SFU and Providence Health Care collaborate on artificial intelligence project to quickly diagnose COVID-19

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      The advancement of artificial intelligence and machine learning has alarmed some high-profile billionaires.

      Among them are Mark Cuban, who worries about the creation of a real-life Terminator, and Elon Musk, who once likened it to "summoning the demon".

      Even Microsoft founder Bill Gates has expressed serious concerns in the past.

      But there are also many upsides to machine learning.

      For instance, Simon Fraser University researchers and Providence Health Care officials are making use of it in the fight against COVID-19.

      They're collaborating on creating a new AI tool to diagnose the presence of the novel coronavirus.

      It's in the process of being validated at St. Paul's Hospital in Vancouver's West End.

      “Instead of doctors checking each X-ray image individually, this system is trained to use algorithms and data to identify it for them,” SFU assistant computing science professor Yağiz Aksoy said in a university news release.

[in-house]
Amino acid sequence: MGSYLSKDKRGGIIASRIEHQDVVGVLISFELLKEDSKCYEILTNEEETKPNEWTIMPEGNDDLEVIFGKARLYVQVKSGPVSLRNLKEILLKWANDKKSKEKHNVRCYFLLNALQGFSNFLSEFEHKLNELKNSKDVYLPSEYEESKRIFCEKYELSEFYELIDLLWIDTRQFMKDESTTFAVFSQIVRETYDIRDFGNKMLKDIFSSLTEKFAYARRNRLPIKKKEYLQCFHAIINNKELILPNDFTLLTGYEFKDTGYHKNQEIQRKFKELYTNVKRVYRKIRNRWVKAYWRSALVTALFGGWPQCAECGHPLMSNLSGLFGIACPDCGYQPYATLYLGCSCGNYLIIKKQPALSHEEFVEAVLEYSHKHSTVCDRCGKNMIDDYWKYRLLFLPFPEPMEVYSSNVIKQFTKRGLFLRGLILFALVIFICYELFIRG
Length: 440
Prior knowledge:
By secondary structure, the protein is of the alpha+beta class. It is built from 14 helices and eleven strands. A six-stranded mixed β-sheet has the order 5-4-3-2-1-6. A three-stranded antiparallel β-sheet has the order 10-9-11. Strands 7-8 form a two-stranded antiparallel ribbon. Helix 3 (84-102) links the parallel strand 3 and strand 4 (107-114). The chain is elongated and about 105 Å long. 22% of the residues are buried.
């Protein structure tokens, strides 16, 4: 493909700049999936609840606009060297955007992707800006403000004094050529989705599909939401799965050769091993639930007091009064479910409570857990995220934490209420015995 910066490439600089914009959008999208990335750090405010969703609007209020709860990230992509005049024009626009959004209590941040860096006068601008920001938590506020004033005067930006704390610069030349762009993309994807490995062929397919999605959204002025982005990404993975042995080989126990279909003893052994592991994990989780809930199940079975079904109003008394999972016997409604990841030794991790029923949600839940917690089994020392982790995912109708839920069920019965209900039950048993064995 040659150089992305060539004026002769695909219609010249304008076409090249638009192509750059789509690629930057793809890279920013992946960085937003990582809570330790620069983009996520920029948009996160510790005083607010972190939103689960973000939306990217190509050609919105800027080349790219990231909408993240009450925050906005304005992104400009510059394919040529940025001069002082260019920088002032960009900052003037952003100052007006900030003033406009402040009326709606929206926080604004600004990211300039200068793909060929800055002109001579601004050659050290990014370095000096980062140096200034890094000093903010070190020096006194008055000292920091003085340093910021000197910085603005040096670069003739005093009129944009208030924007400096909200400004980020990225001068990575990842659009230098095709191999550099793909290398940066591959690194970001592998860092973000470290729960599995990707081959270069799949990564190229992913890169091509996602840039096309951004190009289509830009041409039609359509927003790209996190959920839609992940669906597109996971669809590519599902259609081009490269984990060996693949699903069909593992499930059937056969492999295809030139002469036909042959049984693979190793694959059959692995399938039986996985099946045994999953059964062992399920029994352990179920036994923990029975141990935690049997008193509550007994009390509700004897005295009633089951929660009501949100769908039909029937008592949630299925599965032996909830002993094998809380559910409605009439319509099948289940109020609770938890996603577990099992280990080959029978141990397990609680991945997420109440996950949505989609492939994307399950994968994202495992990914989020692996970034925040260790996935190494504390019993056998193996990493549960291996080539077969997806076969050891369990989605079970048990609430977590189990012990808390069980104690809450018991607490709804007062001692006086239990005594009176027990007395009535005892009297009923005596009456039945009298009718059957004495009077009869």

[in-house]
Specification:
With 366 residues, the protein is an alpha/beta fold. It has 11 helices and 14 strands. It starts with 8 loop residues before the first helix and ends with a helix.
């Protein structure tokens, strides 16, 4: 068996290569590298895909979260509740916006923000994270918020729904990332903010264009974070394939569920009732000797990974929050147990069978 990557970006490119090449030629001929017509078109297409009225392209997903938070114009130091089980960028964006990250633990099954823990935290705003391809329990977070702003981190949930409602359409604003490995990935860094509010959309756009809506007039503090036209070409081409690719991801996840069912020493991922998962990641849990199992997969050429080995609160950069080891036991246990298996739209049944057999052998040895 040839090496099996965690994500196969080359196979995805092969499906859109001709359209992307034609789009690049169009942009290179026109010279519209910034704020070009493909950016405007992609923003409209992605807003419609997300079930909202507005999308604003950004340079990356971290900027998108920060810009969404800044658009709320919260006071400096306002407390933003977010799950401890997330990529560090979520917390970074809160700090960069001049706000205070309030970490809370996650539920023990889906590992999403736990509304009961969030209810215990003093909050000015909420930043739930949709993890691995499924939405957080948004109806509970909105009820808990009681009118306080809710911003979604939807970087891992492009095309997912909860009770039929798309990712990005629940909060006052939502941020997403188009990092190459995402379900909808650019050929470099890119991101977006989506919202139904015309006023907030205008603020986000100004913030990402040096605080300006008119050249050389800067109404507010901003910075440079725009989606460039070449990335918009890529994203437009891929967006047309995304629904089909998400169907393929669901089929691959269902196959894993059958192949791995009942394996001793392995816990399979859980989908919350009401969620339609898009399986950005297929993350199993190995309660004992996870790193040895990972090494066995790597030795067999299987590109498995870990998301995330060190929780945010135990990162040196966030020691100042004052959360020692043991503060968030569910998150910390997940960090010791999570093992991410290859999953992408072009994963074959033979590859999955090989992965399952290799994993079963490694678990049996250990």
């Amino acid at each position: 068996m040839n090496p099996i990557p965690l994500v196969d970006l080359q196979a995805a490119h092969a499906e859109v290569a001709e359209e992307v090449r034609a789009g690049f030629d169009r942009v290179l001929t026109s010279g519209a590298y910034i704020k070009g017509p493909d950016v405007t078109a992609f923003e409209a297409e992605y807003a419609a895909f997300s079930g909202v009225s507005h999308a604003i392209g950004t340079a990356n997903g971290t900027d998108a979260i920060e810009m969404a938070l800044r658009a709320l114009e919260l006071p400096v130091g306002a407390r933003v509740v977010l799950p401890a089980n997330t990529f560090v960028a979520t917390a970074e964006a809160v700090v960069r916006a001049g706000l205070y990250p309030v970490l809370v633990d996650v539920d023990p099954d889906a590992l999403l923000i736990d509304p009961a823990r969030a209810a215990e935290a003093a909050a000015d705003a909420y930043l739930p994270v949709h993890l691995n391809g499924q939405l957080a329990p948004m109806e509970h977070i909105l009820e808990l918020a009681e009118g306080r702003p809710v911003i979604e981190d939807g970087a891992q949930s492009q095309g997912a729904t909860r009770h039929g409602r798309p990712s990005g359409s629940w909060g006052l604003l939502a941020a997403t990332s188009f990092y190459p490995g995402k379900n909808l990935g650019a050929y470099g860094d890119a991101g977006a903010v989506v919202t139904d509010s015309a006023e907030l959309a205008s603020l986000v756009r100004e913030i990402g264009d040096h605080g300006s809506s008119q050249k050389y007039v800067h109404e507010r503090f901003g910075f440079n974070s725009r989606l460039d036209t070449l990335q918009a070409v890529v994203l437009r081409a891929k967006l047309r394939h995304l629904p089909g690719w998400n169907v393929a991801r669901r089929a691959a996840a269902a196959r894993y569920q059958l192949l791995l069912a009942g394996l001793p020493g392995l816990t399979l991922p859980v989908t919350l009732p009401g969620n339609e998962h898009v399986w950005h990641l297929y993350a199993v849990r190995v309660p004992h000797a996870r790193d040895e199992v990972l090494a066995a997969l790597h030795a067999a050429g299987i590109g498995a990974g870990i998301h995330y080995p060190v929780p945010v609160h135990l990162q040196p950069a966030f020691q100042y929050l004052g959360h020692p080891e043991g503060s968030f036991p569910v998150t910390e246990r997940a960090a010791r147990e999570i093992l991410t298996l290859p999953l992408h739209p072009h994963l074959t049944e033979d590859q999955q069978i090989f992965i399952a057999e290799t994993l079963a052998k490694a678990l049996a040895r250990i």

MAGPIE Group postdoc Vijay Naidu and SFU computing science assistant professor Yağız Aksoy played key roles in developing the system.

      This is accomplished by enabling clinicians to run X-ray images through a computer to determine if a positive test for pneumonia is consistent with that which occurs in COVID-19 patients.

      The system was developed by Aksoy and MAGPIE Research Group postdoc mathematician Vijay Naidu. They rely on machine learning to identify unique characteristics found in the virus.

      This can allow for speedier diagnoses by health-care professionals on the frontlines before the patient is assessed by a senior physician.

      “Connecting partners to diverse SFU experts is core to SFU’s Big Data Initiative,” Fred Popowich, scientific director, SFU's Big Data Initiative, said in the news release. “Our goal is to advance COVID-19 response efforts and make this knowledge accessible to clinicians around the world.”

      To keep people from recklessly self-diagnosing, the Straight is partnering with , a destination for digital health education. Its platform has information curated and collected from more than 60 reputable health association partnerships and the Mayo Clinc.